|“A hero ventures forth from the world of common day into a region of supernatural wonder: fabulous forces are there encountered and a decisive victory is won: the hero comes back from this mysterious adventure with the power to bestow boons on his fellow man. “ — Joseph Campbell|
|(Continued from yesterday…)
If you’ve read my blog before, you will know this isn’t the first time I’ve used Campbell’s hero metaphor. Plein air painters are a kind of hero in the sense that he uses the word, leaving the common world, entering a region of wonder, beauty and uncertainty, struggling with forces both internal and external, often helped along the way by magical helpers, fighting a good fight, and, having prevailed, bringing back a “boon” to mankind in the form of a piece of beauty. After all, the paintings they bring back are a boon, and the one who brings it back is the artist—and no one else. Plein air painters who see themselves this way can use this image in the toughest of times.
What about the magical helpers? For a plein air painter, this could be as simple as a passing stranger who encourages you at your moment of despair, the person who gives you a snack just at the point where your blood sugar has dropped, or the one who helps you repair your easel by lending duct tape, or the helper who tells you about a secret place that no one, other than the locals, knows about. In my case, my magical helper was my little son who, once we had moved to California and I had begun to paint plein air on the weekends, accompanied me every time. He was only 5 at the time but he was a good and patient son, considering there was little for him to do while I painted.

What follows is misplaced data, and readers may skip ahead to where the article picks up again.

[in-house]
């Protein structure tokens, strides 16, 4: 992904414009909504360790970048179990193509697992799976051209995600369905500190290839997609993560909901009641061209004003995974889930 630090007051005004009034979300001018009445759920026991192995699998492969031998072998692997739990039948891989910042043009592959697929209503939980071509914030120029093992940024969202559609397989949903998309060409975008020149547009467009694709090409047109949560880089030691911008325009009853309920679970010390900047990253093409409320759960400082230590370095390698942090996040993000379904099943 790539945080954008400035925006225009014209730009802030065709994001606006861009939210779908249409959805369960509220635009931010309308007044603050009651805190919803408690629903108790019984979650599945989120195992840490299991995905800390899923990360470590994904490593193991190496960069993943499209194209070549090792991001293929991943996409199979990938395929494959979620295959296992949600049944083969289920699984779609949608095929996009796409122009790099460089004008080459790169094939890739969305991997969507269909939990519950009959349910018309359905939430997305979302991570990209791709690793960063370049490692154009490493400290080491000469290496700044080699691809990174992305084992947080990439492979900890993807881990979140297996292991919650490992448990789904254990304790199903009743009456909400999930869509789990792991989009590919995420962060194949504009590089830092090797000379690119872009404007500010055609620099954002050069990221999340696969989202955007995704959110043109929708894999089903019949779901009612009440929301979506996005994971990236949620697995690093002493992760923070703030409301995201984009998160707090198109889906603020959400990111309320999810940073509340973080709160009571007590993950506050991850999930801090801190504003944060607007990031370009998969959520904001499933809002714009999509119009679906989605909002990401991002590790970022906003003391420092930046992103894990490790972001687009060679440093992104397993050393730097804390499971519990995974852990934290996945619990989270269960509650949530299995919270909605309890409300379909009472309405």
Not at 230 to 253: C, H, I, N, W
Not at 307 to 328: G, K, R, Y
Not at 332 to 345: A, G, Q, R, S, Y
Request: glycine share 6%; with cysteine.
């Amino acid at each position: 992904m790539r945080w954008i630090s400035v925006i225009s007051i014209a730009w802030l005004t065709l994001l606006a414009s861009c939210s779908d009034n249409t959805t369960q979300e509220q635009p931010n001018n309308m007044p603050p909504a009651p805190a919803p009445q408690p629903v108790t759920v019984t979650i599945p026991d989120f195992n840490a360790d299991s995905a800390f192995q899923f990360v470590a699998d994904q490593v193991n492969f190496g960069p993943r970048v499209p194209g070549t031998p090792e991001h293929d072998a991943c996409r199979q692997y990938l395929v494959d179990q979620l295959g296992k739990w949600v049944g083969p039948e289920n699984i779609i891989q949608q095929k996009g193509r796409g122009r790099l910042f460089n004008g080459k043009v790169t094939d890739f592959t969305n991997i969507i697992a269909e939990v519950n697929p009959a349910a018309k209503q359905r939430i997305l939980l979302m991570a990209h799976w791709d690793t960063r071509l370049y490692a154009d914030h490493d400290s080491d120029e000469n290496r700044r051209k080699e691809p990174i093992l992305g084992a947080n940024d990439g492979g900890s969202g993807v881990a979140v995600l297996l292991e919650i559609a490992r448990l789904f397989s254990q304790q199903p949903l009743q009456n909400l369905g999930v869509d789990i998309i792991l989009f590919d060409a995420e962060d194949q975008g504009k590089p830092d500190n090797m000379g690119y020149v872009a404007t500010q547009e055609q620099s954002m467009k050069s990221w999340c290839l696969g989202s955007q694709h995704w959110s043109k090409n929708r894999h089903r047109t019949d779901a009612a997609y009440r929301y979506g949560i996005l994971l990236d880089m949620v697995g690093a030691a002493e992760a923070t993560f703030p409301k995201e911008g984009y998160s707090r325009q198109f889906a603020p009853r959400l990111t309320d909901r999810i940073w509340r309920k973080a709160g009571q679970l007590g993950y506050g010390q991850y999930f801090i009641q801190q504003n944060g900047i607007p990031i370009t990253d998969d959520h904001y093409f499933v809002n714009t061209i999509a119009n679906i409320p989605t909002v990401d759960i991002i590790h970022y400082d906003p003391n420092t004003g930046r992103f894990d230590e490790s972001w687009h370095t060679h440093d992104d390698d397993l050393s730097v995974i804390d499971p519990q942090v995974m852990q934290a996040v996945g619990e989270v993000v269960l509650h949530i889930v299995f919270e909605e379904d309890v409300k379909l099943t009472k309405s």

We started off our Saturday mornings with a stop for a cappuccino. I let him eat the foam off the top. Then we would head off down the highway toward the farmlands south of San Jose, or up into the rolling hills above Santa Clara valley, or over the coastal mountains to Pescadero along the coast north of Santa Cruz. His magical help to me was an inherent feature of his age, an attention and patience span that had certain, shall we say, limits. As a result, I learned to focus and to paint very fast, to apprehend what I saw and get it down in paint quickly, before he became miserably bored. This discipline, forced upon me by necessity, is something I have always appreciated, although now I have difficulty slowing down when I am painting in the studio. Now, Skyler is 15. He occasionally accompanies me as in the days of his youth, but now he paints alongside me —and I am his magical helper.
I will be traveling tomorrow to Maryland. My next post will be Sunday, July 19, 2009, the day before Plein Air Easton.